Last year, Amy Gallo summarized the do’s and don’ts of contractor relationships in the Harvard Business Review. Her article emphasized the value that independent contractors bring to clients, as well as the importance of developing relationships beyond transactional agreements. As Gallo summarized, the most sensitive, flexible, and consistent clients nurture long-term relationships with top contractors.
We couldn’t agree more.
Contractors are, as Rick Martinez summarized, “more than an email address.” They’re high-achieving business people who juggle multiple projects and value both independence and collaboration. With these thoughts in mind, here are some more “do’s” to add to Gallo’s list:
Over-Communicate Desired Outcome
There’s nothing worse than finishing a project only to hear, “Yeah. it was great, but it wasn’t what we needed in the end.” Freelancers work to pay the bills, but like everyone, they strive to help people. When clients do extra homework — identifying the characteristics that quantify a successful project — they make it easier for their freelancers to contribute in meaningful ways.
Do some strategizing and make sure to clarify your goals for each project.
Support Livable Wages
During one of my first negotiations as a freelancer, a potential client told me, “We had a great freelancer who charged half your price, so my boss thinks that’s the going rate.” I politely asked, “What happened to the freelancer?” My client told me, “She got a full-time job.”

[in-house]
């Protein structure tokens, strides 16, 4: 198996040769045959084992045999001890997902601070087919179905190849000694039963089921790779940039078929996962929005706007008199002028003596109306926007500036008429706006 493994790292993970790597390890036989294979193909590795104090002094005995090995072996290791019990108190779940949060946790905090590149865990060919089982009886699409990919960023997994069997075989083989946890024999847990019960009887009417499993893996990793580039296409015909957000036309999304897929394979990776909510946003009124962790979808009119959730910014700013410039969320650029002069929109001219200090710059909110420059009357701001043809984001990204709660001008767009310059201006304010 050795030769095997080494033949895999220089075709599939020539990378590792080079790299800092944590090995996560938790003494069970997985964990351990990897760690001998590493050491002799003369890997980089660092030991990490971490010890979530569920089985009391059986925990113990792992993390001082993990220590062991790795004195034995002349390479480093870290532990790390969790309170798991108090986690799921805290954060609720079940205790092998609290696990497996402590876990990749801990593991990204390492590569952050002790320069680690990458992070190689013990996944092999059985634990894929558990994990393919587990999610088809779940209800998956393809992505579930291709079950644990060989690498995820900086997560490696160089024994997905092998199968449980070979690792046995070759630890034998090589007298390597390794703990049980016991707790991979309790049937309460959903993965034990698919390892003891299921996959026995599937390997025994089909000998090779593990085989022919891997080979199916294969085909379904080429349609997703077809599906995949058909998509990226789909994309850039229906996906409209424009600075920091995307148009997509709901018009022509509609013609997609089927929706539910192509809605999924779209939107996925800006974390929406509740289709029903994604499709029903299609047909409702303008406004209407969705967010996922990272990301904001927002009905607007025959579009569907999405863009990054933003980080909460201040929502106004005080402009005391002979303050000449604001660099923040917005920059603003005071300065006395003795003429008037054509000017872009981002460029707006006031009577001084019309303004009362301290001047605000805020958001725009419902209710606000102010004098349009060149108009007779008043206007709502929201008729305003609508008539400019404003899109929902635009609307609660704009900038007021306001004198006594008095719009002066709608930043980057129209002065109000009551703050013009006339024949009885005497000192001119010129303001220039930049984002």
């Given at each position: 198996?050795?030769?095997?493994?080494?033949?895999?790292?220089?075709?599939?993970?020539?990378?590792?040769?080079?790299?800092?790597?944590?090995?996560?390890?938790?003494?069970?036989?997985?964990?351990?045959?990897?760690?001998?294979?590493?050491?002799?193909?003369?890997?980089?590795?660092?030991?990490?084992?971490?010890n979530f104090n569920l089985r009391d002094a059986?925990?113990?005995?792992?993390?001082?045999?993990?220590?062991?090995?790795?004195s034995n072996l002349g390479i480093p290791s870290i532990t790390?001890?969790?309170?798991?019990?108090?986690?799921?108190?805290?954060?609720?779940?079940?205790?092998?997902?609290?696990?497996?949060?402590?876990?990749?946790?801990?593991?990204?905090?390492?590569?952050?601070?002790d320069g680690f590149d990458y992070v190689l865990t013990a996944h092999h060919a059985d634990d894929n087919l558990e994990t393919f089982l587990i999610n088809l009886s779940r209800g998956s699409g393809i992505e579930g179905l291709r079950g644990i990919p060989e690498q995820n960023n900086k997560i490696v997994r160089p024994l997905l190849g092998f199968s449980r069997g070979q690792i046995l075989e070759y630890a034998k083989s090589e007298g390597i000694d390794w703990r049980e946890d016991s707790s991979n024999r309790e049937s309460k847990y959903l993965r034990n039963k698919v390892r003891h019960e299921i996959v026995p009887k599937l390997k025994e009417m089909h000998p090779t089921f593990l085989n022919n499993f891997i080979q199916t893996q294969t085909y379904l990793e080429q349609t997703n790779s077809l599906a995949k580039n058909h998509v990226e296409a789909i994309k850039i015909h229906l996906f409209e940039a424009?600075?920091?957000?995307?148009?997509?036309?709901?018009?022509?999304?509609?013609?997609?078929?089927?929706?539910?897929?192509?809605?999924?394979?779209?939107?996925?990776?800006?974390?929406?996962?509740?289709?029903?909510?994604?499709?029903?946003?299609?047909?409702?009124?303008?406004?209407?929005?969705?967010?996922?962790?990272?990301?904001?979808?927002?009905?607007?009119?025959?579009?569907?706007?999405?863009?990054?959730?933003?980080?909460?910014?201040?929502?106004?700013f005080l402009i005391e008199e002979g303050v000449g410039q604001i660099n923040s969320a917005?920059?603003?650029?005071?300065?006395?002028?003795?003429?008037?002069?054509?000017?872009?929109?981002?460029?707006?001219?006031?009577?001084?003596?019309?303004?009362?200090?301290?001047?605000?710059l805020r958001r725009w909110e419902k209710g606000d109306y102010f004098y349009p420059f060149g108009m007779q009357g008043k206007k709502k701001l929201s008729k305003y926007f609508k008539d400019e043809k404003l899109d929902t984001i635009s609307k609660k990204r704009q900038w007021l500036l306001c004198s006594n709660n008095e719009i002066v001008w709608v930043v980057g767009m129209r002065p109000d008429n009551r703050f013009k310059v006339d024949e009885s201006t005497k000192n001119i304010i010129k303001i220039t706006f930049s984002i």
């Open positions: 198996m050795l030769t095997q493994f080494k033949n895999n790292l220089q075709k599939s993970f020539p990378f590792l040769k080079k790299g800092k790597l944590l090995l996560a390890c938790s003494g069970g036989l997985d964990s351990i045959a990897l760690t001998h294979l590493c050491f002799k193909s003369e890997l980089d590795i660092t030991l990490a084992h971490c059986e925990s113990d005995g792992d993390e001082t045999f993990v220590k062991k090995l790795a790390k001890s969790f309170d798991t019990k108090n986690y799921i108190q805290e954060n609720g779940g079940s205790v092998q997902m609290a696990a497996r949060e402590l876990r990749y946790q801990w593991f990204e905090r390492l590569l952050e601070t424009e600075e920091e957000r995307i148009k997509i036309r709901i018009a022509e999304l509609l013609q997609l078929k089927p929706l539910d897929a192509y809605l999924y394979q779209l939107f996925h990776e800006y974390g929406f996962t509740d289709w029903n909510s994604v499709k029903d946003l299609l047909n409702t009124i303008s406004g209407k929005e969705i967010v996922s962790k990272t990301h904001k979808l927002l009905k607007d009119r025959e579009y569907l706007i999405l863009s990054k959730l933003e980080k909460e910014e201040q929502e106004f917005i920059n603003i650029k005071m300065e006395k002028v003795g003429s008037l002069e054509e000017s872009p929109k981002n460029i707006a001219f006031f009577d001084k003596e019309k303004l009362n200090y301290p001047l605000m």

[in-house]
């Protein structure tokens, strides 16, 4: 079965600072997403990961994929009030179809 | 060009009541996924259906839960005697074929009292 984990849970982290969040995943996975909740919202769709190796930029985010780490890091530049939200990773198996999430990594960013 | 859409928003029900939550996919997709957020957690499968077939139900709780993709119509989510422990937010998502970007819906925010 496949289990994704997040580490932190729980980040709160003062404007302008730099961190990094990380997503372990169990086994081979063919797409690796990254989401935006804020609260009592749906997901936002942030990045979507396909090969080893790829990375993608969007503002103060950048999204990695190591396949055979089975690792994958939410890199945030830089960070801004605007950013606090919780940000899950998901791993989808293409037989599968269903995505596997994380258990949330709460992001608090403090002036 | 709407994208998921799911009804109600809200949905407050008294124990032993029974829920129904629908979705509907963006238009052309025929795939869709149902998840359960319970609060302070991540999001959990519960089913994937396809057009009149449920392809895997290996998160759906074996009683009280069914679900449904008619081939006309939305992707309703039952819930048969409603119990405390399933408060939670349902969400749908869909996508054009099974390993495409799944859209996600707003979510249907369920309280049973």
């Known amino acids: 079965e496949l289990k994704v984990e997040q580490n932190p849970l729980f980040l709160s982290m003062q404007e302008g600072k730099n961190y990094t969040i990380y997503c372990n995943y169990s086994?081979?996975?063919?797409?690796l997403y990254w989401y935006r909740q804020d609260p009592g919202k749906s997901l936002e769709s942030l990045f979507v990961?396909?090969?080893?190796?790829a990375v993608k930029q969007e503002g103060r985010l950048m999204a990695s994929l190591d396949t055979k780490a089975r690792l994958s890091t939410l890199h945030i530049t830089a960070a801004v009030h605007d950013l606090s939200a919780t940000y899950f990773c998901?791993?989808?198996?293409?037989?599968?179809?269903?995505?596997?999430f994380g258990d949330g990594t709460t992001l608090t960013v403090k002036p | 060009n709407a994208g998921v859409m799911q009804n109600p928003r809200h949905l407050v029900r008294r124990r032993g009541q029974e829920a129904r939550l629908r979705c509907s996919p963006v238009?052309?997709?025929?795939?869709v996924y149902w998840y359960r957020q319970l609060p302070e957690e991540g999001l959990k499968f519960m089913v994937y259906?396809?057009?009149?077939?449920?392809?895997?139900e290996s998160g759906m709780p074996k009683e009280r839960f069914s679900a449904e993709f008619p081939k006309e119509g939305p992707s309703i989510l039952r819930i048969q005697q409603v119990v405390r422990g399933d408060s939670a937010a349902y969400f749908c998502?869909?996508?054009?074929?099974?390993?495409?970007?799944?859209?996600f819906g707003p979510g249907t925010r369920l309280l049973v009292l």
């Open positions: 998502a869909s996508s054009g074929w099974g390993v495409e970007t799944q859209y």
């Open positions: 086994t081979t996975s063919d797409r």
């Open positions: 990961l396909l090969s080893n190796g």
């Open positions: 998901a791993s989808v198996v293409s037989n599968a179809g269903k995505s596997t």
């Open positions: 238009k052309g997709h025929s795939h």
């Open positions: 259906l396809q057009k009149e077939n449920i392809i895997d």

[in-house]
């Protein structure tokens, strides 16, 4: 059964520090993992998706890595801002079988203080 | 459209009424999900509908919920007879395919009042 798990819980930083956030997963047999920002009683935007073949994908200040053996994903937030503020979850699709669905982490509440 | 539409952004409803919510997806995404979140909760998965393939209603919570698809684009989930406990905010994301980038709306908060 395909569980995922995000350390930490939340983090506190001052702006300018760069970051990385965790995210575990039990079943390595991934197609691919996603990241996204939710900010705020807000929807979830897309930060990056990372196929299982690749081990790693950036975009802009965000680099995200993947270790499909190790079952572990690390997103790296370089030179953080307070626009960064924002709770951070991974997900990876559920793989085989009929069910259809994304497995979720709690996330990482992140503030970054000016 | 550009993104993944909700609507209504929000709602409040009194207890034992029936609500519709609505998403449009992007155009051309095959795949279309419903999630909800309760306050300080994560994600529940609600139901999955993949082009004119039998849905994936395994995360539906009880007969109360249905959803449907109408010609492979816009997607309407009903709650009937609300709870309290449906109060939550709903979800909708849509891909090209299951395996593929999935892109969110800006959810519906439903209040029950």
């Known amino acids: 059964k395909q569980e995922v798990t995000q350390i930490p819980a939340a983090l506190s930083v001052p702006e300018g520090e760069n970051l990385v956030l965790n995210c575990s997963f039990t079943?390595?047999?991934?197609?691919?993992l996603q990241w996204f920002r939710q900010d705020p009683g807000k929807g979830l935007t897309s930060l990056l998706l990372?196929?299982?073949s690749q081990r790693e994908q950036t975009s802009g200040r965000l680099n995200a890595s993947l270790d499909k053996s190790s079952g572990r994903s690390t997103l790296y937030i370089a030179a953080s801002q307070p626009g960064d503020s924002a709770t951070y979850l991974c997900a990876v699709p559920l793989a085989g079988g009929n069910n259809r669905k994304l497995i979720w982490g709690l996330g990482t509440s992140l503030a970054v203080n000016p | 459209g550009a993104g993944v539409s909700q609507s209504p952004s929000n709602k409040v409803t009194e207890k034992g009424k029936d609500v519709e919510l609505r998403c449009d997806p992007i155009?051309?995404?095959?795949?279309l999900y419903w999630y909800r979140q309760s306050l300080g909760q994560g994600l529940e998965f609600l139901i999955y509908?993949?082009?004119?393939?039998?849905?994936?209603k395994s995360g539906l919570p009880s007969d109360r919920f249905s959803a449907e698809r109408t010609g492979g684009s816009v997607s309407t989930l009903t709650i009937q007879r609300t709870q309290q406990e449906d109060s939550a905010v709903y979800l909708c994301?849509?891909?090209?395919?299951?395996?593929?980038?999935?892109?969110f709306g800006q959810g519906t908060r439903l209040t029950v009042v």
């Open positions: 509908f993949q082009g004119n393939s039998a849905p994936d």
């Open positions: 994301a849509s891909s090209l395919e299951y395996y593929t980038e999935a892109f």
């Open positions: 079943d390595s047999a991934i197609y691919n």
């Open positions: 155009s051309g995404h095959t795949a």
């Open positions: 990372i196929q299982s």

When organizations hire freelancers to do work, they benefit from recognizing that a livable wage keeps independent contractors in business. If clients don’t pay enough, contractors find better paying clients or leave the freelance workforce and take 9-5 gigs.
Honor or exceed the market rate for freelance work.
Give Prompt Feedback
A good friend of mine Susan works as a freelance graphic designer. One of her occasional clients reached out, desperate to get some speedy help on a project. Susan prioritized the job and gave the client a deliverable in two days. Surprisingly, she didn’t hear back from the client for a week — no acknowledgment that they received the project. When it comes to communication, honor the same principles you would with a coworker, giving prompt feedback.
Respond when you receive a deliverable, and offer feedback within a reasonable time frame.
Practice Contractor Appreciation
Employee appreciation is a hot topic in 2016. But what about freelancer appreciation? As the 1099 workforce plays a greater role in businesses, acknowledge contributions to your organization. Say “thank you” with a handwritten note, a gift card to a coffee shop, or even a small bonus. Just as employee appreciation increases job performance, freelancer appreciation can also have a positive effect on the final project.
Develop solid freelancer relationships with gestures of gratitude.
Freelance relationships challenge contractors because they blend extra autonomy with the traditional aspects of of in house collaboration. When both parties approach their relationship without assumptions and an extra dose of mutual respect, they can navigate each challenge toward a successful outcome.